The boots illustration in my previous post is about as frivolous as art can be, but it was both fun and more of a challenge than it appears. My day-job-art is somewhere between semi-serious and 'exactly what exciting shade of light gray is this building?' The drawings I'm doing for my blog are an outlet for amusement, somewhat empty-headed expression and color (I've used gray and beige as little as possible.) The challenge surfaced as I became more aware of how I should paint shades of black on black suede boots and black tights. It would have been easier if the boots were tan with shadows, or shiny leather with reflections.

Ad Reinhardt's series of black paintings came to mind. Recently, while at the Museum of Modern Art, 'Abstract Expressionist New York' exhibit, I entered a doorway and found a large, black Reinhardt piece positioned directly across from the entrance. At first, I thought about moving closer to look for the subtleties I have been told are there. I people-watched instead. There were about two dozen people gathered in front, taking turns moving closer, then back a few feet. Most had arms folded over their chests, heads tilted with wrinkled foreheads. Mixed in were the usual complement of smaller humans, texting, playing Nintendo, or whirling around while staring into space. This was an interesting piece of performance art. I imagined microphones dangling from the ceiling overhead, and an interactive playback device where one could hear the thoughts of those staring into the black hole. I imagined what they would say and what they thought they should say.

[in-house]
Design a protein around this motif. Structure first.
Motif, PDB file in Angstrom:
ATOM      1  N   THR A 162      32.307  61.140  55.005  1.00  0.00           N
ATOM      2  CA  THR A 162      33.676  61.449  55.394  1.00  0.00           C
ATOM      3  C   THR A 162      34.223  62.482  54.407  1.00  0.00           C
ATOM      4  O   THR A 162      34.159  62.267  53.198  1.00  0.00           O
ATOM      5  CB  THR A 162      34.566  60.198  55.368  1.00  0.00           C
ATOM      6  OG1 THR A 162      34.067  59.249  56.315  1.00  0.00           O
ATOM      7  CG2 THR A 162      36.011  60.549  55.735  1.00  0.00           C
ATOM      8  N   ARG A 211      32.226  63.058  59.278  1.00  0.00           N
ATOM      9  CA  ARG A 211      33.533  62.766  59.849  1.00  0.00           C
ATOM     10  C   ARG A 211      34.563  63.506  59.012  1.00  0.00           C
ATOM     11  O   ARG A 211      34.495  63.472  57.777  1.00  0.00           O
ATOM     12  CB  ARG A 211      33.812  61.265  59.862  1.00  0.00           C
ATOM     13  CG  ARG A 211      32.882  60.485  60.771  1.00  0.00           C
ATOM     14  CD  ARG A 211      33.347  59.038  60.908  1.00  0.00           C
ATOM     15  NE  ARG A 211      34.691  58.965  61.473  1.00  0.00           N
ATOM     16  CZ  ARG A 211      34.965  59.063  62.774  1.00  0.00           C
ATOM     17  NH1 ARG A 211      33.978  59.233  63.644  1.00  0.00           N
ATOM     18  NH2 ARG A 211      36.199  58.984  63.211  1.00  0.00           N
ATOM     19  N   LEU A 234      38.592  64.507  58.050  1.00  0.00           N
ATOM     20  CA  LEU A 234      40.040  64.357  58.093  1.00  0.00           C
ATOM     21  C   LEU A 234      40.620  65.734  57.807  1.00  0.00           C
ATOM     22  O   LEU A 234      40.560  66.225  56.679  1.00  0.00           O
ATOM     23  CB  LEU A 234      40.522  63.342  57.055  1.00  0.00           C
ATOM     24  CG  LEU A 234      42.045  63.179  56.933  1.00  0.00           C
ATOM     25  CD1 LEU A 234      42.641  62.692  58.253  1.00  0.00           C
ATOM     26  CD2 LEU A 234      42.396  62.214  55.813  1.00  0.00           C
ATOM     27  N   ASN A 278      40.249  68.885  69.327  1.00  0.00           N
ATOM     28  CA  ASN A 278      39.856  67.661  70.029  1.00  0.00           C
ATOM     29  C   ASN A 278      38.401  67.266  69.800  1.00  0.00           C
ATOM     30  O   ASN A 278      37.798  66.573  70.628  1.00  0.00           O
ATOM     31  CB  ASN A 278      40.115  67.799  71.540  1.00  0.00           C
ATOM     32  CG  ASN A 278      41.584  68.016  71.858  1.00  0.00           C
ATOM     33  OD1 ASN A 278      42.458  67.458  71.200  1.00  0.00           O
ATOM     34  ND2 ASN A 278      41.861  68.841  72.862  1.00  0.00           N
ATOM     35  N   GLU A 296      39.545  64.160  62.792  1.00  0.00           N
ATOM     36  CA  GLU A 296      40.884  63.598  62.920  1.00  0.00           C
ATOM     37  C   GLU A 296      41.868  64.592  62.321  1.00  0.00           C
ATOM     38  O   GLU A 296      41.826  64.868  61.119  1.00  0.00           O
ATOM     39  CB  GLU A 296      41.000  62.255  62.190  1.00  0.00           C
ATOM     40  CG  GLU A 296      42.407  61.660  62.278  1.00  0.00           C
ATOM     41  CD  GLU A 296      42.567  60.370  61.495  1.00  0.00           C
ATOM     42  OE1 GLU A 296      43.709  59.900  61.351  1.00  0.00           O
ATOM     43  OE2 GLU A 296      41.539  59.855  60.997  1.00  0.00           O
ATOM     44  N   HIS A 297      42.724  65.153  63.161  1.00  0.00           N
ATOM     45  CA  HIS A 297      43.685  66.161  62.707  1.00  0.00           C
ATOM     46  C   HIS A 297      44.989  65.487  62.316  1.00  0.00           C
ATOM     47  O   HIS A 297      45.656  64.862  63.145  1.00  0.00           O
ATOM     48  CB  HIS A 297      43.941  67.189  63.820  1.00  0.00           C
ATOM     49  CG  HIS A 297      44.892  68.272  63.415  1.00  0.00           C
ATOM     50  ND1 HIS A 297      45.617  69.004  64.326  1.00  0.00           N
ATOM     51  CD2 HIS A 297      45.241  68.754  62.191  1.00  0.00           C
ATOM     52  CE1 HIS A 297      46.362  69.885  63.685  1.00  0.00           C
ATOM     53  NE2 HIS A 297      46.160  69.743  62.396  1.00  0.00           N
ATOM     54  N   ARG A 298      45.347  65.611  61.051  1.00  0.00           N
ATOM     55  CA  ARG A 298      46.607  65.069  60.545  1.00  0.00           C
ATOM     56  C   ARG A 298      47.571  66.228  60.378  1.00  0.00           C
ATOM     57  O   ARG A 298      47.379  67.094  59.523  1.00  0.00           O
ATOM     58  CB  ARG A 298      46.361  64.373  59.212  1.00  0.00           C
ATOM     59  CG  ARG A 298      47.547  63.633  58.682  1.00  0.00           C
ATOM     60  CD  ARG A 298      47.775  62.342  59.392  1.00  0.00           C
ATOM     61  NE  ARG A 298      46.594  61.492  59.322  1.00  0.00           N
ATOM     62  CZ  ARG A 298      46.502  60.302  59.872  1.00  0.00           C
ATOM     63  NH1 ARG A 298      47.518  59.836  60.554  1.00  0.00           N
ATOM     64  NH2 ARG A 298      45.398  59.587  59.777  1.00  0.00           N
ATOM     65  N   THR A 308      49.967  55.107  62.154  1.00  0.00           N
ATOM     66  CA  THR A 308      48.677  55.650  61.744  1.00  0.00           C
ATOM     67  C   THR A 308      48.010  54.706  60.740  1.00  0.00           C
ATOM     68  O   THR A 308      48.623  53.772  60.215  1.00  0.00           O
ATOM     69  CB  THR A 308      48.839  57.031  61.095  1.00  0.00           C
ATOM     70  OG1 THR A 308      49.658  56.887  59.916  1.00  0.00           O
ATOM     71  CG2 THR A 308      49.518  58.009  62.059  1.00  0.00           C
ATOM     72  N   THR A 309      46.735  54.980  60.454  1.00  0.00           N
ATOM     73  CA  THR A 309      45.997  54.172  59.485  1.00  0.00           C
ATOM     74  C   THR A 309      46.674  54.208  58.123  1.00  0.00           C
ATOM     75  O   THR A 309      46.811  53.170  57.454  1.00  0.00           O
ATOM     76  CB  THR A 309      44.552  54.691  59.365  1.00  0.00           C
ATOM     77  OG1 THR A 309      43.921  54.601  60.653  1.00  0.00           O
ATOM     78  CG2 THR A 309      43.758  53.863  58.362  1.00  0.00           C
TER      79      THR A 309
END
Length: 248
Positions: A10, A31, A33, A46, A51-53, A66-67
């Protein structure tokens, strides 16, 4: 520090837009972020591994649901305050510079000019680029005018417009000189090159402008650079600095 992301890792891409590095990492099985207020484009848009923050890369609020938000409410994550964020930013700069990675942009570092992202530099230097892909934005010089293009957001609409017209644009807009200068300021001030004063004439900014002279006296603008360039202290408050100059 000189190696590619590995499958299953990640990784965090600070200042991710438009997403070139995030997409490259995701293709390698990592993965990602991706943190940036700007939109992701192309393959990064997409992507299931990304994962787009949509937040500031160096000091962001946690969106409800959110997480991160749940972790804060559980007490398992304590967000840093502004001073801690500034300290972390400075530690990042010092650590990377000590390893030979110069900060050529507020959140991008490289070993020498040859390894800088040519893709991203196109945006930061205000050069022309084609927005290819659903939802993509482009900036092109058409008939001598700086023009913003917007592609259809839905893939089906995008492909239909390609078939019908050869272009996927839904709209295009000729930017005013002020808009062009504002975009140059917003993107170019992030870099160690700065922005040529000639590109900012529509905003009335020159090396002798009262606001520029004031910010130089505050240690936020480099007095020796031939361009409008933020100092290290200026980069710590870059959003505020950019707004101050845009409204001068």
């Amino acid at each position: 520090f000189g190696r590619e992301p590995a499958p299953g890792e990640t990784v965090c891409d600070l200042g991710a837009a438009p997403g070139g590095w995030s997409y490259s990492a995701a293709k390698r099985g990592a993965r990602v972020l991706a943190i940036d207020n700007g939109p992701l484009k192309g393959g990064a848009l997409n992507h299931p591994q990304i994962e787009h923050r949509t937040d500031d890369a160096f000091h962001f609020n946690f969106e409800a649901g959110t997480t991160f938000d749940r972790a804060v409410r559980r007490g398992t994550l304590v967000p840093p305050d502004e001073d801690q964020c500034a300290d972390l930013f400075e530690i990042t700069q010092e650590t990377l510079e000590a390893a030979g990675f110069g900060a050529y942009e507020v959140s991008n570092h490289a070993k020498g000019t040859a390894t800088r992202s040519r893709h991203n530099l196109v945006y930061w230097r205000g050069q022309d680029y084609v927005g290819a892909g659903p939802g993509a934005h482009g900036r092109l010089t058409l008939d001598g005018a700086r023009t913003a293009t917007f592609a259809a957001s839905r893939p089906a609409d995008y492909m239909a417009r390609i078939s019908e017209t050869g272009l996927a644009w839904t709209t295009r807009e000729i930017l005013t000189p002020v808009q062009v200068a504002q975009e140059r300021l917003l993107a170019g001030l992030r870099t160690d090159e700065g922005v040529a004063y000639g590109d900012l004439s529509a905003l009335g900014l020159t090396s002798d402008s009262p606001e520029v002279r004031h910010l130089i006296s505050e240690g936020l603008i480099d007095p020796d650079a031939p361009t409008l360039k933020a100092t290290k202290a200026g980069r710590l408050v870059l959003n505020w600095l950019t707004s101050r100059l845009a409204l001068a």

A wandering-mind is an interesting side effect of painting lighthearted subjects.

Wednesday, January 12, 2011

Suede or PVC?